Where We Work
The USAID | Health Policy Initiative completed its work in Kenya on September 29, 2010.
In Kenya, Task Order 1 of the USAID | Health Policy Initiative worked with civil society and government partners to address critical health challenges.
The project's HIV assistance supported the efforts of the President's Emergency Plan for AIDS Relief to expand access to antiretroviral treatment, avert new infections, and provide care for people affected by the epidemic, including orphans and vulnerable children (OVC). Project activities supported policy analysis, systems strengthening, strategic information, and improved palliative care and OVC programs.
With its FP/RH and maternal health assistance, the project helped achieve a renewed high-level commitment to FP/RH programs through policy advocacy and dialogue. The initiative provided assistance in formulating and implementing national RH policies and strategies; collecting data and information for improved planning; and integrating FP/RH and HIV programs.
The project's health finance and systems strengthening program enhanced the Ministry of Health's ability to mobilize additional resources and strengthen policies and systems to achieve improved planning, financing, and quality of programs and services.
Kenya Begins Implementing HIV and AIDS Act. While Kenya passed a national HIV and AIDS Control Act in 2006, until recently the Act had not been implemented because the government had not publicly announced a commencement date. Following advocacy efforts by project-supported champions, the Act officially entered into force on March 30, 2009.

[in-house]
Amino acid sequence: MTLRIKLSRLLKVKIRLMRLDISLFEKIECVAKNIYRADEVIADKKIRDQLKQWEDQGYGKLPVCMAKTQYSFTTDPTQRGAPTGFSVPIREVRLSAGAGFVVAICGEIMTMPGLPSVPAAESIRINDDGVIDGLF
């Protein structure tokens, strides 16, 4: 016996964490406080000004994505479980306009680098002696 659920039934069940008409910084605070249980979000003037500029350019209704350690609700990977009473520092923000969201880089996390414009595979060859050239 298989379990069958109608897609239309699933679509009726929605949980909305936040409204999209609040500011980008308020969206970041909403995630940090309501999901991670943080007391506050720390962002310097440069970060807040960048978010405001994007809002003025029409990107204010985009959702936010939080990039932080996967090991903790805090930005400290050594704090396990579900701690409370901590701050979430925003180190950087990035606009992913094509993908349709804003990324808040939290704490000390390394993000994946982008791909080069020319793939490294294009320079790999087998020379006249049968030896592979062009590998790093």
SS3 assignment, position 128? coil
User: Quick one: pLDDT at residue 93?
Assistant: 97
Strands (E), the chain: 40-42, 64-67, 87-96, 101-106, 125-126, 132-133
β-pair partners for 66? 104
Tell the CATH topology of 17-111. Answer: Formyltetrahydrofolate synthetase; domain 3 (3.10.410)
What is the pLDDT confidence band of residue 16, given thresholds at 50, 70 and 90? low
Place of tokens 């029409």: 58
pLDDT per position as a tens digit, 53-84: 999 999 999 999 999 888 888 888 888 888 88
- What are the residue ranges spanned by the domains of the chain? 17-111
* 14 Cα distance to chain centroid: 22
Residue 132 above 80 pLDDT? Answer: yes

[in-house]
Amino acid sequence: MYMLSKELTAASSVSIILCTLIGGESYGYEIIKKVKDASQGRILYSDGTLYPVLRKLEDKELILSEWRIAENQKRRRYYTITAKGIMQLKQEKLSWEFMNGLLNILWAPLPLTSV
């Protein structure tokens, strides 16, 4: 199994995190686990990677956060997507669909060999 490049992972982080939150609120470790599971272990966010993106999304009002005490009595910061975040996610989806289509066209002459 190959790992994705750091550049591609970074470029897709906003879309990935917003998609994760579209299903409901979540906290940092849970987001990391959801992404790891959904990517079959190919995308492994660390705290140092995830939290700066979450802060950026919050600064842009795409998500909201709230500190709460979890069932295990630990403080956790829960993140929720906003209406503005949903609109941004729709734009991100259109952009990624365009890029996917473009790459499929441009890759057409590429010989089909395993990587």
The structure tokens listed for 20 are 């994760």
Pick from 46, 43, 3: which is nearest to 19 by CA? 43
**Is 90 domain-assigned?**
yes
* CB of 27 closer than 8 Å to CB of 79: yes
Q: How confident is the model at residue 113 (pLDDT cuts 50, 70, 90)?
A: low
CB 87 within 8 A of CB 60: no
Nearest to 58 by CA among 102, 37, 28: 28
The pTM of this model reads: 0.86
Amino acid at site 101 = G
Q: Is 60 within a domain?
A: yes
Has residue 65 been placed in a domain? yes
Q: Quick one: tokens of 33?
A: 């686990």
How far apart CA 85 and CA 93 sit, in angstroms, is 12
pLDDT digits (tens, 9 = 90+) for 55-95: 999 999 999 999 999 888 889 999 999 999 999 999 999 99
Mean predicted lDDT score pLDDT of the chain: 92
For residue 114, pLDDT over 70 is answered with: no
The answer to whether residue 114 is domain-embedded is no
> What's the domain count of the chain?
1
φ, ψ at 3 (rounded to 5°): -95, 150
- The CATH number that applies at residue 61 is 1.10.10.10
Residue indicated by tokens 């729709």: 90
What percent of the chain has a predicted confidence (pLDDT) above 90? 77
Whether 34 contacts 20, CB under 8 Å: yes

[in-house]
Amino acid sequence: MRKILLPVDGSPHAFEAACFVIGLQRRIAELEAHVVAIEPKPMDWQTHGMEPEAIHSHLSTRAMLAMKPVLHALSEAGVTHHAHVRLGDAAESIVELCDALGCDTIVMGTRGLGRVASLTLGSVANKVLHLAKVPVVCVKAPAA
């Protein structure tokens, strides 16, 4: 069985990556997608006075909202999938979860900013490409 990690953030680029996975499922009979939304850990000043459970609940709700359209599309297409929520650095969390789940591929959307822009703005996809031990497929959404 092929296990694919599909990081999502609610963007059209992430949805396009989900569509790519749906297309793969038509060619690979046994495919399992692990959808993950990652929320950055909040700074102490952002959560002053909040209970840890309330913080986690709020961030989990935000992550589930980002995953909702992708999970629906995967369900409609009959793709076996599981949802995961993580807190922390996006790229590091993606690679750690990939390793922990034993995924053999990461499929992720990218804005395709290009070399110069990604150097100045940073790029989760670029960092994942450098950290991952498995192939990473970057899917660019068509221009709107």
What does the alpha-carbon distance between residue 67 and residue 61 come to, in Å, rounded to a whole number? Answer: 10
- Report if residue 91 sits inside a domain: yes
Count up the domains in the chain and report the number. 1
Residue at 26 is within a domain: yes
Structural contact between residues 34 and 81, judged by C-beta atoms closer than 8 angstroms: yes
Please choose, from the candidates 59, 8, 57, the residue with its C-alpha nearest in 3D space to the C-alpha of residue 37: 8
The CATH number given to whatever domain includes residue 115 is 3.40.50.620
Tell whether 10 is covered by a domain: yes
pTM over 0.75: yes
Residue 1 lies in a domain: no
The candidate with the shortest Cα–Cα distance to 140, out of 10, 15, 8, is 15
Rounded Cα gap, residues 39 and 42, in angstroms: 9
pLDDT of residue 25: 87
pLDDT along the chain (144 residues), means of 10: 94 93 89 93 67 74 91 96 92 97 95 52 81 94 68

HIV Policy Environment Scores Show Progress. Kenya's 2008 UNGASS Report showed significant (10-30%) improvement in Kenya's HIV policy environment using the National Composite Policy Index (NCPI). The NCPI measures four key policy intervention areas: political support; policy support; human rights, stigma and discrimination; and civil society engagement. While this change is a result of numerous concerted actions involving multiple actors and stakeholders, the project's efforts were an important element in the shift. For example, the project helped the National AIDS Control Council (NACC) restructure and improve its leadership and coordination capacity and assisted in the development of national GIPA (Greater Involvement of PLHIV) guidelines to support PLHIV engagement. We also strengthened the capacity of PLHIV networks and other civil society organizations to participate in the policy process, increasing their visibility and enhancing recognition of the rights of PLHIV and other vulnerable populations.
New PLHIV Networks Serve Key Populations. While their profession places them in close proximity to treatment, care, and support services, elevated stigma and discrimination restrict healthcare workers' access to those services. In April 2008, the first network of HIV-positive healthcare workers was launched. The group will act as an advocate for all healthcare workers living with or affected by HIV.
Kenya's education sector is deeply affected by HIV. Prevalence rates among teachers range from six to 10 percent, with the highest rates among teachers at tertiary educational institutions. Despite this, until recently, the country lacked a network for HIV-positive teachers at the tertiary level. In August 2008, the Kenya AIDS Network for Post Primary Institutions (KANEPPI) was established to champion the rights of teachers within Kenya's tertiary-level education institutions. The project provided technical and financial support for the formation of KANEPPI and helped design its constitution and a six-month workplan.